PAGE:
Date of Graduation


Document Type


Degree Name

Doctor of Education (Ed.D.)


School of Education


Leadership Studies


Organization & Leadership EdD

First Advisor

Walter Gmelch

Second Advisor

Patricia Mitchell

Third Advisor

Richard Greggory III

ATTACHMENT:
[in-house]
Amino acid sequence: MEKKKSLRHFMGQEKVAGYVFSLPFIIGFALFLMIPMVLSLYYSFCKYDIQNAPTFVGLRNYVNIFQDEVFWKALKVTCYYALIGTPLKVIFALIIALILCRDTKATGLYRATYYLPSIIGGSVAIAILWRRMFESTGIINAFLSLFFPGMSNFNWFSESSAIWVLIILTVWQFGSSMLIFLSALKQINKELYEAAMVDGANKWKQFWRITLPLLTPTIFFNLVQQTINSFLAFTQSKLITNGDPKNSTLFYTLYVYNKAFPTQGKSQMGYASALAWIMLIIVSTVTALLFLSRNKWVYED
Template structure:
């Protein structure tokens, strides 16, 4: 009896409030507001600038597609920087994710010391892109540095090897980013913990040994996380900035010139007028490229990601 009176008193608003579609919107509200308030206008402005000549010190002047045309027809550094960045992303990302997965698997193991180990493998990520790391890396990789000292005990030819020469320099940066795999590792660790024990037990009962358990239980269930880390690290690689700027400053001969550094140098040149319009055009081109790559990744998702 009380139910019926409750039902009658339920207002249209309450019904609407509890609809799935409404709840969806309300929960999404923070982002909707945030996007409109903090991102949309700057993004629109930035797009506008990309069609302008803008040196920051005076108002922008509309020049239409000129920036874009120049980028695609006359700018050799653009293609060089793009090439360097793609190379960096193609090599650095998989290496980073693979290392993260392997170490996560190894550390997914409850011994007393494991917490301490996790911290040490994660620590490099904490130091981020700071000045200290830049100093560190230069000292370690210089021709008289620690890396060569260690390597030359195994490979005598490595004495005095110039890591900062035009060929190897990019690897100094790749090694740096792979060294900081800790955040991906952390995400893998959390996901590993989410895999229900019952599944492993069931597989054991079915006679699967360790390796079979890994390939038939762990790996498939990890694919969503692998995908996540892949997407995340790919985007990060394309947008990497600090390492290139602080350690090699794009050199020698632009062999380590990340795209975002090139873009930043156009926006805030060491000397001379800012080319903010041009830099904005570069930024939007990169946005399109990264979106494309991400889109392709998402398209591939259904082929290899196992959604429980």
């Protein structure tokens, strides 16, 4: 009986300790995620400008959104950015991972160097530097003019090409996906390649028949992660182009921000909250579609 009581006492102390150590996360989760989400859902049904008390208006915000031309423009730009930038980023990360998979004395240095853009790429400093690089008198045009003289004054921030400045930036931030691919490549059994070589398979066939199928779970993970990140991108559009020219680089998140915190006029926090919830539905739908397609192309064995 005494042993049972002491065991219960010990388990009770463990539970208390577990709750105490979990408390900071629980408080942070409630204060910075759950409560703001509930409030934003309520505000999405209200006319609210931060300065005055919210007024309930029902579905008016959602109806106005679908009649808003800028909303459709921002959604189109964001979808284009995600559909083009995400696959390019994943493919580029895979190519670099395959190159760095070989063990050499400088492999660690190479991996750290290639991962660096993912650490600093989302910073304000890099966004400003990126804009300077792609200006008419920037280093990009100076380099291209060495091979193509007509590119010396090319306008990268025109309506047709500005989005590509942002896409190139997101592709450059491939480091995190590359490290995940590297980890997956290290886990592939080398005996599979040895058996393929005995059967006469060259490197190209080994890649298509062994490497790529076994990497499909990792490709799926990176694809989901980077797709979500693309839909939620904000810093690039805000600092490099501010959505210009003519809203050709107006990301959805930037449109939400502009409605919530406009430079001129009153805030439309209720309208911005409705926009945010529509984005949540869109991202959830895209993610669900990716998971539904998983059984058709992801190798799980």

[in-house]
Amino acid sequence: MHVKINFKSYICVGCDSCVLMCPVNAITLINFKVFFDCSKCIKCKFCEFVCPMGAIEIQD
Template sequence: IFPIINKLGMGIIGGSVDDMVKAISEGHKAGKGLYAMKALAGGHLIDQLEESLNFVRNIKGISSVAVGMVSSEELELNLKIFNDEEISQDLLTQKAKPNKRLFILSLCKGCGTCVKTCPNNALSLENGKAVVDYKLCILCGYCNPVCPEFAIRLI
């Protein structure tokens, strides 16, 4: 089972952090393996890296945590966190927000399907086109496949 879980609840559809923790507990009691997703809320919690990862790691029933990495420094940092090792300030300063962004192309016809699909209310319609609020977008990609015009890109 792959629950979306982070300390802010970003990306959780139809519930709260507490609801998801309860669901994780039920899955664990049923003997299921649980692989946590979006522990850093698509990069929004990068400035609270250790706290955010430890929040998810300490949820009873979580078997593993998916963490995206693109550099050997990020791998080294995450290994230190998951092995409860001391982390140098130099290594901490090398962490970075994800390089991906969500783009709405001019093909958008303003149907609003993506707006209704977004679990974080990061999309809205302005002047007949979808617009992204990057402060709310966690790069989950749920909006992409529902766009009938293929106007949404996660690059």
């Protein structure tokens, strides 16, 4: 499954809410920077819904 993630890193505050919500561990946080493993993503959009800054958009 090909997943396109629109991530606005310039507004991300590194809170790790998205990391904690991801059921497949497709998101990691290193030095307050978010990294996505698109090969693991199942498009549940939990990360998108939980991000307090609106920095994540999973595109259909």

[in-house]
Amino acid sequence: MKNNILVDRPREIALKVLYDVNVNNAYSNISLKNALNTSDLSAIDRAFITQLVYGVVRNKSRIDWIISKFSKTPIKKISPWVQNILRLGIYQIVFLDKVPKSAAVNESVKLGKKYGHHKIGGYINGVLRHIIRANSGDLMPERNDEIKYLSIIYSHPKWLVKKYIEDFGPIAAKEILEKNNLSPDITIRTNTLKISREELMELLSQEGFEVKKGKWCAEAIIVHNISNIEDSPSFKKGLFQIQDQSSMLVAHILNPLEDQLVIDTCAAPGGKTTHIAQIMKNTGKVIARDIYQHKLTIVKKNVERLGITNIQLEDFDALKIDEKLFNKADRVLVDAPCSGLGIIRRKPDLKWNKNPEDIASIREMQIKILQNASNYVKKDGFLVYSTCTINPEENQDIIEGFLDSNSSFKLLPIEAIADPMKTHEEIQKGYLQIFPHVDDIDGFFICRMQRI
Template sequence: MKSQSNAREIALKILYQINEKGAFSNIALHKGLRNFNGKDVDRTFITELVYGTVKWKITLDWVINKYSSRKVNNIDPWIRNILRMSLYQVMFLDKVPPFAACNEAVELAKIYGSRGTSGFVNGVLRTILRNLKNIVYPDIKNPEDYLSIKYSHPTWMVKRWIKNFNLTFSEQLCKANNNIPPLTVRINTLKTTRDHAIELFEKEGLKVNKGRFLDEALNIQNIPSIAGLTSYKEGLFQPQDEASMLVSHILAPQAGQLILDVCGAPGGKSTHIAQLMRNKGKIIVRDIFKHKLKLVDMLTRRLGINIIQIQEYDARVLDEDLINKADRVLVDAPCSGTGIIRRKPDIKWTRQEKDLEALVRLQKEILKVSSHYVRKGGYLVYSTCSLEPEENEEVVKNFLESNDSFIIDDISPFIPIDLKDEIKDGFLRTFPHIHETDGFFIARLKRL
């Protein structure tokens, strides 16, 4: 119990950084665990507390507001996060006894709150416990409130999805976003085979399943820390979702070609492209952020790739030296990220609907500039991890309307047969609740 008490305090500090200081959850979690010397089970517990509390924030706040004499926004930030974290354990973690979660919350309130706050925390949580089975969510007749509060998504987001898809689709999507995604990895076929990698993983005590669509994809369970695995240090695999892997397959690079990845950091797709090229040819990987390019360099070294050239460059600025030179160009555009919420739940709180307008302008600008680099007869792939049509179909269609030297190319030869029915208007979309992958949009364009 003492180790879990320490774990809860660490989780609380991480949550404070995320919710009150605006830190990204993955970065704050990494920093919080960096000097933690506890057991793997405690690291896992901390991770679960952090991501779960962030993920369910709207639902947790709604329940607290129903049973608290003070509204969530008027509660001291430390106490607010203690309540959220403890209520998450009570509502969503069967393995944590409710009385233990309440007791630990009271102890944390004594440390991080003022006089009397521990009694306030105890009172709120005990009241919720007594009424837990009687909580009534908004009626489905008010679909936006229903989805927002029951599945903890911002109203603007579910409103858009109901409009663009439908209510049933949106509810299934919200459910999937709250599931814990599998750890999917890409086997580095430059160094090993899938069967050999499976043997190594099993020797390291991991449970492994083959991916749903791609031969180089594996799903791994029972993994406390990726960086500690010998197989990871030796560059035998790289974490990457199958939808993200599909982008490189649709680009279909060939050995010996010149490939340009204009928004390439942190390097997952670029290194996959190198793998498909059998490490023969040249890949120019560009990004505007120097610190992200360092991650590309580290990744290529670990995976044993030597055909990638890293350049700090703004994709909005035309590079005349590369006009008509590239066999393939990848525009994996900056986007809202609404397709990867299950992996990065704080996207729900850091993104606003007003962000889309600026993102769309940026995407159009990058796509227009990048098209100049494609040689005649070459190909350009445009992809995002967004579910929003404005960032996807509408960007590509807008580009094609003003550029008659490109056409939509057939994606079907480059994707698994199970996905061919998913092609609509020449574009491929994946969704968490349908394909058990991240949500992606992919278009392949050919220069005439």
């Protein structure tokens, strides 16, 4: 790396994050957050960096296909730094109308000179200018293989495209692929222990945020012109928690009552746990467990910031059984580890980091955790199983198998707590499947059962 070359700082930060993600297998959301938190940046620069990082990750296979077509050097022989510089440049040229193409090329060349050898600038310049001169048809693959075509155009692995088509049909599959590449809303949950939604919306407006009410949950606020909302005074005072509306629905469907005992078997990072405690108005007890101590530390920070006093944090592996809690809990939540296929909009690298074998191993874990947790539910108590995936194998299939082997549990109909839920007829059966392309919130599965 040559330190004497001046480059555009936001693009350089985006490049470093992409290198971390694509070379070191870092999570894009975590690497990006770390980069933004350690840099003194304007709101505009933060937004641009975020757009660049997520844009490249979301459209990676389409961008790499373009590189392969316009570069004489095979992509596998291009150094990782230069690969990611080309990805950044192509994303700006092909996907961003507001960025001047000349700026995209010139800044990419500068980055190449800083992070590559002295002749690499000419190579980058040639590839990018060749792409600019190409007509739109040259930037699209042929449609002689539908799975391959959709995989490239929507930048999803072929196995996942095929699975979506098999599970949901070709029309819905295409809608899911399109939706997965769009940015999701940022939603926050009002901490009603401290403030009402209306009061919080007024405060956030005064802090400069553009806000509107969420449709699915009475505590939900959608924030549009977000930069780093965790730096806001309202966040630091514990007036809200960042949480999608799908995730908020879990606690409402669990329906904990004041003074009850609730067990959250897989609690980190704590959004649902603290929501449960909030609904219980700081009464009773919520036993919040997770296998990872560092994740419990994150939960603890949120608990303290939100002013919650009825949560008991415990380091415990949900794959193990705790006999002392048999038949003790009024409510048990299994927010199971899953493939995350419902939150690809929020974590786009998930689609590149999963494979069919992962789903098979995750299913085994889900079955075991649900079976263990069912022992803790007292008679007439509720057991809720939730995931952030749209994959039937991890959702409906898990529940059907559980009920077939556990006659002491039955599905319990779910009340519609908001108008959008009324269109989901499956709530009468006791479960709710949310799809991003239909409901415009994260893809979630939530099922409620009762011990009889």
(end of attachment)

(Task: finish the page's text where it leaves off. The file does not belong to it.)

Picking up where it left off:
Meaningful parental engagement has historically been identified as the root cause of the United States’ academic achievement gap in African American education. However, the systematic structures that impose difficulties for African American’s access to education in school and other aspects of their social development must be addressed to gain a deeper understanding of the challenges these African American families face. Society must consider the perpetual marginalization of not only African American students’ academic experiences, but also their professional and personal development as well. The parental engagement with educators in the San Francisco K-8 schools, has not been studied. The purpose of this qualitative study explores the benefits of meaningful parental engagement to African American students as a variable in promoting student achievement in a San Francisco Unified School District (SFUSD) school. Epstein’s framework provides a structure to underpin this proposal with the six types of parental involvement to explore the experiences of African American families with K–8 educators. The study aims to understand hurdles to parental involvement, best practices, benefits, and ways the community and educational staff can help African American families feel more welcome. The study found that three themes of parental engagement for African American families and educators with significant correlation emerged: communication, cultural competency, and social justice. Research questions were developed to focus on African American parents and educators within the K–8 system and sought to address parental involvement, barriers, and multiple forms of engagement. This dissertation, written under the direction of the candidate’s dissertation committee and approved by the members of the committee, has been presented to and accepted by the Faculty of the School of Education in partial fulfillment of the requirements for the degree of Doctor of Education. The content and research methodologies presented in this work represent the work of the candidate alone.